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How do we See?
Transcript of How do we See?
Sensory information does not need to be interpreted, connected to previous knowledge or contexts. Perception is based on past experience and prior knowledge.
A lot of information reaches the eye, but much is lost by the time it reaches the brain (Gregory estimates about 90% is lost).
Sensory receptors receive information from the environment,
which is then combined with previously stored information
about the world which we have built up as a result of experience.
Since we are guessing at what we are seeing, our brains are
actively constructing reality. Representations and reminders
of stimulating experiences. We respond to the things
that we have both positive
and negative memories of:
Attractive people, food,
emotional events. People/Faces Nature Reminds of us of our
ancestral past. Curious Our primal search for
novelty could stem from
the survival instinct to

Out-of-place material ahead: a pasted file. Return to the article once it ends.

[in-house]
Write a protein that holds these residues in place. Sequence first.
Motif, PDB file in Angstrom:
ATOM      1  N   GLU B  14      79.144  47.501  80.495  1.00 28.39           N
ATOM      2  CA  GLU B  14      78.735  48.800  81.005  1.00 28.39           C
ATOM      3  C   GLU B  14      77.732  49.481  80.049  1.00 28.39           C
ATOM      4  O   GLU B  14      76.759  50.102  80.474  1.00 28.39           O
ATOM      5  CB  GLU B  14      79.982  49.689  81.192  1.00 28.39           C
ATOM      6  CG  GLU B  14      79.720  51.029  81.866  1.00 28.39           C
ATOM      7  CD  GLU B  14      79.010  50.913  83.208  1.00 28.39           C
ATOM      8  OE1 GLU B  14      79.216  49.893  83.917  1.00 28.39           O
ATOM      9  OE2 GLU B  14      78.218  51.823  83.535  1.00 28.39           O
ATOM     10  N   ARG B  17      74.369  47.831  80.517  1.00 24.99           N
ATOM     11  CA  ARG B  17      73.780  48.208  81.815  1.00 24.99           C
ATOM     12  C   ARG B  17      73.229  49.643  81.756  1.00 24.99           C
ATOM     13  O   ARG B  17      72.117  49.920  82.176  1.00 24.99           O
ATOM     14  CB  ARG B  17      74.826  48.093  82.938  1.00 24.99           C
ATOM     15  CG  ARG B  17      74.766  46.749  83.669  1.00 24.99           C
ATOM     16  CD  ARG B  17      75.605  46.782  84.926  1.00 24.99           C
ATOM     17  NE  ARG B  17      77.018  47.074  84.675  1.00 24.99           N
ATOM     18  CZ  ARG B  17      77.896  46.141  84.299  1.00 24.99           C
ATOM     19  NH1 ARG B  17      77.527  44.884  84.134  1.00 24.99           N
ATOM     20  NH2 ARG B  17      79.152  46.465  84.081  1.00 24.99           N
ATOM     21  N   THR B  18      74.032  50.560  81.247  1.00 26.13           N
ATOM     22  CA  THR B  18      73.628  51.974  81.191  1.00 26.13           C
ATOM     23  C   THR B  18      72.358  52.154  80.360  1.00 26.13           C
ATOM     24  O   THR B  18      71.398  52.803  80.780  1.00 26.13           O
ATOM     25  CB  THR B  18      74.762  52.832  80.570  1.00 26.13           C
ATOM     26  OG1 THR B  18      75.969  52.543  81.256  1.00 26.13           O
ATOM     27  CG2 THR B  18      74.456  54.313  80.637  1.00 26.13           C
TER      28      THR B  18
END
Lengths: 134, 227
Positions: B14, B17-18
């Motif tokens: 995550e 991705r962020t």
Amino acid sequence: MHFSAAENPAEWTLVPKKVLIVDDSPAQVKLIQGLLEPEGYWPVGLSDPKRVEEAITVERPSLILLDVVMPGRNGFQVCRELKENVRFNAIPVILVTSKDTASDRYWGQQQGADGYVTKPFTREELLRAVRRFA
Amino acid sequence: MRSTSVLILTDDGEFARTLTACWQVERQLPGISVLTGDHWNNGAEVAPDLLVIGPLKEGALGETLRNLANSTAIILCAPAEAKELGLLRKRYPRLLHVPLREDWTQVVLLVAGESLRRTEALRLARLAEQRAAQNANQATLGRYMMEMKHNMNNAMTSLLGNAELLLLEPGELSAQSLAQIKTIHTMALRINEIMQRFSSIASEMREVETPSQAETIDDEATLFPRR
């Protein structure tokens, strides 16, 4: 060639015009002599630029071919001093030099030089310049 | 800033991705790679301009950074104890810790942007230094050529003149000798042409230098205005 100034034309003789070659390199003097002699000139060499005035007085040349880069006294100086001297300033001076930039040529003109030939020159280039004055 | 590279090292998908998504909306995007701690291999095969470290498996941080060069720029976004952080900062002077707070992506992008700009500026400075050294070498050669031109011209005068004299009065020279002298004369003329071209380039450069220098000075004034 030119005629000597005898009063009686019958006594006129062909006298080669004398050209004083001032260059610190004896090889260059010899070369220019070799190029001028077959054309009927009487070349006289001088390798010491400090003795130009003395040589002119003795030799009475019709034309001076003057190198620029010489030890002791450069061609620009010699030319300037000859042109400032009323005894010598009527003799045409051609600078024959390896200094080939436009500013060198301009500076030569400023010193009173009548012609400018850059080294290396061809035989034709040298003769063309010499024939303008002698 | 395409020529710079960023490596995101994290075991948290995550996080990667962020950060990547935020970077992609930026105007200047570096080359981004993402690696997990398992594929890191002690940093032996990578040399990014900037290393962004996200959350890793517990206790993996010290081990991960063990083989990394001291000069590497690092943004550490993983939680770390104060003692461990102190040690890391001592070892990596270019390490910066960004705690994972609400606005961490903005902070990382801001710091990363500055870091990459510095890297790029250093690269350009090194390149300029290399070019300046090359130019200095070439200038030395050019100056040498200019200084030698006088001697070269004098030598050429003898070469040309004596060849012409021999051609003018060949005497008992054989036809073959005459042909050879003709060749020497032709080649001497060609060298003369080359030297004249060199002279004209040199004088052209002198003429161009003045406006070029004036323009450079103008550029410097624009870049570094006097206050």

search for food and more
habitable environments. Our brains have a special affinity for faces and for finding representations of them. Composition Our brain responds favorably to simplicity in framed images with visual cues to guide our path through an image. Kertész, André American, 1894-1985 Stieglitz, Alfred American, 1864-1946 Evans, Walker - American, 1903 - 1975 Alfred Eisenstaedt - American, 1945 Eddie Adams - American, 1968 Shigeo Fukuda 1932-2009 Dorothea Lange - American 1895-1965 Robert Capa - Hungarian 1913-1954 Irving Penn - American, 1917 Brett Weston - American, 1911-1993 Ansel Adams - American, 1902-1984 Diane Arbus - American, 1923-1971 Richard Kalvar - American, 1944 Harry Callahan - American, 1912-99 Josef Sudek - Czechoslovakian, 1896-1976 Henri Cartier-Bresson French 1908 - 2004 Eugene Smith - American, 1918-78 Stieglitz, Alfred - American, 1864-1946 Richard Kalvar - American, 1944 Philippe Halsman - American, 1906-1979